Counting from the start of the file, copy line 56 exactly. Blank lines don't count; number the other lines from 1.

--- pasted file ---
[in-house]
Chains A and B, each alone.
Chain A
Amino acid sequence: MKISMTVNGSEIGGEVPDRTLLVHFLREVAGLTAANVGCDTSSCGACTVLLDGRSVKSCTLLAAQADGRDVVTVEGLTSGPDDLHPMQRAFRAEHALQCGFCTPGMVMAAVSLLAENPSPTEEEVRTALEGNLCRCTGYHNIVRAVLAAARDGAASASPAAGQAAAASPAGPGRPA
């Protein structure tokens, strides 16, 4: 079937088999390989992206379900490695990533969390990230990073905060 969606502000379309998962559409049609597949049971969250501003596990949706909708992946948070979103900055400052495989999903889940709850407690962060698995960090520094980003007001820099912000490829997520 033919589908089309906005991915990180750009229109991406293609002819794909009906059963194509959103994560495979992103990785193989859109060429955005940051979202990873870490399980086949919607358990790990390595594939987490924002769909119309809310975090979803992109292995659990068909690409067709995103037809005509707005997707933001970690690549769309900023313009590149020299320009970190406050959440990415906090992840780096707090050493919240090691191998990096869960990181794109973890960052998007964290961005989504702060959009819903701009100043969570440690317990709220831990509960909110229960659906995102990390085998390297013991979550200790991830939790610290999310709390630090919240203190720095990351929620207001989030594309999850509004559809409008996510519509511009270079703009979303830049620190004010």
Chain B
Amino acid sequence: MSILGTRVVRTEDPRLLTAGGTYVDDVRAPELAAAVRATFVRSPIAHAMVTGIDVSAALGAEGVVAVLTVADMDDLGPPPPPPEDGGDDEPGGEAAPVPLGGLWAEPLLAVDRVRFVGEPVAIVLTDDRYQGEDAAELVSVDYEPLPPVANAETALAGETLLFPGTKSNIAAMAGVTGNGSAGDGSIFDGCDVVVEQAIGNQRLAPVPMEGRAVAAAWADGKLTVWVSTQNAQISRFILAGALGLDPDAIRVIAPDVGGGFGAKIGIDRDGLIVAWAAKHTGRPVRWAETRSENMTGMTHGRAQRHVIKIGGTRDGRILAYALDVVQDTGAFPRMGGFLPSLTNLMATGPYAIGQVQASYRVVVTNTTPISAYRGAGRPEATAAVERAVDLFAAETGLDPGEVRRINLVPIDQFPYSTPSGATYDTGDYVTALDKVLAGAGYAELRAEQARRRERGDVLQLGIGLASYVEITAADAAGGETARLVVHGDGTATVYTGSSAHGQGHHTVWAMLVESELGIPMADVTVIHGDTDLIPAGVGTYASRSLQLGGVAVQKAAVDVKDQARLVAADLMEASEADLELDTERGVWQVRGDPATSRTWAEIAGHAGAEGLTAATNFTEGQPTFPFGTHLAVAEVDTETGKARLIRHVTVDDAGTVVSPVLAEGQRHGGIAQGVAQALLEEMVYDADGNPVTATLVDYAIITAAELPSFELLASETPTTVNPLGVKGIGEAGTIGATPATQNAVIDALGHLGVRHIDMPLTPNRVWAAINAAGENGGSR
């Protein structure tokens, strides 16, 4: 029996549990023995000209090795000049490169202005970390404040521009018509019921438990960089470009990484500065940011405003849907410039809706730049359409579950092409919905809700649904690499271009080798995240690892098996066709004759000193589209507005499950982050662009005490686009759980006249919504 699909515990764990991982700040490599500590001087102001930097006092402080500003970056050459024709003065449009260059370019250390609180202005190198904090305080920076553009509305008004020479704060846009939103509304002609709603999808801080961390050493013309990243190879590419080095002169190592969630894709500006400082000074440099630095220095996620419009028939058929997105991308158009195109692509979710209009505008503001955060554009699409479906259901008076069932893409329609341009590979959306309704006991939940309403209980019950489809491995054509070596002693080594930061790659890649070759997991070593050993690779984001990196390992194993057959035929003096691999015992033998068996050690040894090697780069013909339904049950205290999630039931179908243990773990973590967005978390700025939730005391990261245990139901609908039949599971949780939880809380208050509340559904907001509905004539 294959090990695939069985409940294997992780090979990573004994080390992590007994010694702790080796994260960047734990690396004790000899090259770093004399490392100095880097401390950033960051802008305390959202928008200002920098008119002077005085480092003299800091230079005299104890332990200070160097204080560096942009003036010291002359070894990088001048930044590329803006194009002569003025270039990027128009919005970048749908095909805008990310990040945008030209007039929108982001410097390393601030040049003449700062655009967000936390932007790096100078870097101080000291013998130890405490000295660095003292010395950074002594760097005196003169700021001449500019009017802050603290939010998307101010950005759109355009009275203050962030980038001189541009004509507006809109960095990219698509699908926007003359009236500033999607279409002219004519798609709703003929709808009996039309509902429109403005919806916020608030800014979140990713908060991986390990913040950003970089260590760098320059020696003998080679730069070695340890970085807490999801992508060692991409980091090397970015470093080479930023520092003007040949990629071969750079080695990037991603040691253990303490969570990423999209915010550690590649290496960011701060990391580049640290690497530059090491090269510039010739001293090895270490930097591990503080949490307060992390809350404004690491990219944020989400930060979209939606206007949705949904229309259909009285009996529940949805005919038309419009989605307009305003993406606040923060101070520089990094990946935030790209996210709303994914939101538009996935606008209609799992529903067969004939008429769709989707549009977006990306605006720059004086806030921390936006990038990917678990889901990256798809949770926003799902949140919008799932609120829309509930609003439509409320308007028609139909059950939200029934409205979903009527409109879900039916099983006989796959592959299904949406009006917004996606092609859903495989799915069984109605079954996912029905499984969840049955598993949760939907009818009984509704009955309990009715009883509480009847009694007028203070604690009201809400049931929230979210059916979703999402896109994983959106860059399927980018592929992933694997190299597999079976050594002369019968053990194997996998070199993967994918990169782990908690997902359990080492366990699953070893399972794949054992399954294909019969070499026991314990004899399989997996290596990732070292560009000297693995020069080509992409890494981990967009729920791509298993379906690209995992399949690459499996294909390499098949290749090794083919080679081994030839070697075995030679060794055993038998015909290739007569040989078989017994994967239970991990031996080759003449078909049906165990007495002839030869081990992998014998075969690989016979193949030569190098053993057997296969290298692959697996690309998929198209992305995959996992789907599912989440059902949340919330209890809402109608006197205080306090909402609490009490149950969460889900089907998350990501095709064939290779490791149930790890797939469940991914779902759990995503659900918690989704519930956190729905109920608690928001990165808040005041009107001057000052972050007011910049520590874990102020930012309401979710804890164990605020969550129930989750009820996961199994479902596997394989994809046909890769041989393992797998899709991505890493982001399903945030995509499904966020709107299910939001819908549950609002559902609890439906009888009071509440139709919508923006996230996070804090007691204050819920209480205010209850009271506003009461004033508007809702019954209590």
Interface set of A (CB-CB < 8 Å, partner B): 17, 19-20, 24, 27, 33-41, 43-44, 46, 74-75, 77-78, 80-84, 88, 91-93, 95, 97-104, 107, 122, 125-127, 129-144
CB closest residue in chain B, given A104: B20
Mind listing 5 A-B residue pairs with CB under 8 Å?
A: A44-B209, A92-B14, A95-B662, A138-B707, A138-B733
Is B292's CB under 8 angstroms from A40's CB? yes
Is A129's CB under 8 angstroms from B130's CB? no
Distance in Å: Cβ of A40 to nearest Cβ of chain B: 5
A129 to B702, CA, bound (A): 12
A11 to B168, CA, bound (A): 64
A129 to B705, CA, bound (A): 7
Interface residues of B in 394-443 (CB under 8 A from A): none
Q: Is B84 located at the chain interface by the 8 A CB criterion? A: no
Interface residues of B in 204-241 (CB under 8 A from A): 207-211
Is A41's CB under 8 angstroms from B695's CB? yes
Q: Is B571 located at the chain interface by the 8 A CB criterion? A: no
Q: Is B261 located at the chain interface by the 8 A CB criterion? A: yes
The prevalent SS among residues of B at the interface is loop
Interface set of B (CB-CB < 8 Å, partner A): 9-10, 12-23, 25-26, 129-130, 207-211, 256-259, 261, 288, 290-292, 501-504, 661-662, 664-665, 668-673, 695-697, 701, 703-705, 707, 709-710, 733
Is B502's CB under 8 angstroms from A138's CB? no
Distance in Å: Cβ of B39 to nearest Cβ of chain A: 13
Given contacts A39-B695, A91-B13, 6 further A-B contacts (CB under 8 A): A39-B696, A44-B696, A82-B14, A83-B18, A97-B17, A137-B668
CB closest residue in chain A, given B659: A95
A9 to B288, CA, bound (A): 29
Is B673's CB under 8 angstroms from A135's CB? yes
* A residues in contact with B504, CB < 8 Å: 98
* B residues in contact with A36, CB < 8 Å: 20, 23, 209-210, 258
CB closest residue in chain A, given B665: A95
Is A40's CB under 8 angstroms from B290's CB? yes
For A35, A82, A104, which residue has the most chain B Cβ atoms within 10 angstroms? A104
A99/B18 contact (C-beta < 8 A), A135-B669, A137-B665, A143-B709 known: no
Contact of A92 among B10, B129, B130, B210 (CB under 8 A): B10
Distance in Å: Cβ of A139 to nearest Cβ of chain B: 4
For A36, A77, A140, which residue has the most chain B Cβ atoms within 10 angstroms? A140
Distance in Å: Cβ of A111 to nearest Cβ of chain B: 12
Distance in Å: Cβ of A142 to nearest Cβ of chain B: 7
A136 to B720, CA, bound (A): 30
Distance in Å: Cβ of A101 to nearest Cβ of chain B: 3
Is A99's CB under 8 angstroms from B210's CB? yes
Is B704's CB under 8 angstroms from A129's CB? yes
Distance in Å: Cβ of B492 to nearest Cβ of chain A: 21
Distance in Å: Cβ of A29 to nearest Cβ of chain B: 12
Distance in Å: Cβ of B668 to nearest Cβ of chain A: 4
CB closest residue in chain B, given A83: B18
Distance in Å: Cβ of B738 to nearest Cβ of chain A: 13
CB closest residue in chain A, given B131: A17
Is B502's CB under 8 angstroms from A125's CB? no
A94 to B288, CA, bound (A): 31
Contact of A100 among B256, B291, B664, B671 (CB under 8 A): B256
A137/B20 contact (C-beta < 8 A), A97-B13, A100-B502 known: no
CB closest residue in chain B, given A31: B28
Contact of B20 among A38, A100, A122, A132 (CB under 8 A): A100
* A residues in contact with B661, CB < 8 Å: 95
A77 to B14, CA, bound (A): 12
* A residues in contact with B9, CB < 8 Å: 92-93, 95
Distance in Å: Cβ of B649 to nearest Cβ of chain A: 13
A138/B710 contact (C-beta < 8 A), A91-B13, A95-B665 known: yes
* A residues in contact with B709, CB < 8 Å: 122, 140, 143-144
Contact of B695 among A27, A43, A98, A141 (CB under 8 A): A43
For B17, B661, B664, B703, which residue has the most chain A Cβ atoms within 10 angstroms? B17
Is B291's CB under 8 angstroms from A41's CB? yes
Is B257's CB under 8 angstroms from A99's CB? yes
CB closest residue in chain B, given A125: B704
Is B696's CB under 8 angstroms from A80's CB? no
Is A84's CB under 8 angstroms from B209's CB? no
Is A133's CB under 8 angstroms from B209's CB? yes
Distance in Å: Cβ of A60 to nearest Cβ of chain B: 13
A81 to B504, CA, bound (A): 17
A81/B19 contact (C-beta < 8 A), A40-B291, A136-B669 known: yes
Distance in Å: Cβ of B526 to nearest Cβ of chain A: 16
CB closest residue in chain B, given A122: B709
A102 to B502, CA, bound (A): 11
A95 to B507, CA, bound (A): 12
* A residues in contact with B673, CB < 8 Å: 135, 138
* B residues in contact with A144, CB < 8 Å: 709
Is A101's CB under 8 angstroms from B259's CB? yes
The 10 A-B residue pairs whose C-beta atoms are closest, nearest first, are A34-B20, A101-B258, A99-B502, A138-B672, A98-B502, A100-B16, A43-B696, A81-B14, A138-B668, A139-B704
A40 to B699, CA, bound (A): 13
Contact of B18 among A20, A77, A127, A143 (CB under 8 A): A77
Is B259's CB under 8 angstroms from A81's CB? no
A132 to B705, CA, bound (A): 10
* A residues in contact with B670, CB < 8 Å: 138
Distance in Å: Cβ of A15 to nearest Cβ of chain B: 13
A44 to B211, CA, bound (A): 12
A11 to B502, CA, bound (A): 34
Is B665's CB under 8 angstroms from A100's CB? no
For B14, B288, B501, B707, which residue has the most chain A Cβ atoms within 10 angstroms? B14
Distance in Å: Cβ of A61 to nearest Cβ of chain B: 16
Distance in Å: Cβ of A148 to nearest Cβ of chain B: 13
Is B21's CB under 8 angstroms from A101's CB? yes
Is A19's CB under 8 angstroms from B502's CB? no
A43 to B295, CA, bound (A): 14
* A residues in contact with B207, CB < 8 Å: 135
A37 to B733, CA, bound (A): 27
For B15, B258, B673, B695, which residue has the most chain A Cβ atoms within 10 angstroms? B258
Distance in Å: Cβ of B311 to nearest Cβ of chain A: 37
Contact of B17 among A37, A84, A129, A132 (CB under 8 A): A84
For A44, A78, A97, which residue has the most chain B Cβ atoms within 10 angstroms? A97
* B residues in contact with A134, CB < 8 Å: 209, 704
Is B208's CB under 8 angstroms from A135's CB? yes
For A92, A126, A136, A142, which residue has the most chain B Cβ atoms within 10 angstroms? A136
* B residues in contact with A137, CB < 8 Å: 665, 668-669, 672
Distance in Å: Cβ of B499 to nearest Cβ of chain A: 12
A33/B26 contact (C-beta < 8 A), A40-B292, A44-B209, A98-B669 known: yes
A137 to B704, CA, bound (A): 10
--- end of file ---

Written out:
Contact of A100 among B256, B291, B664, B671 (CB under 8 A): B256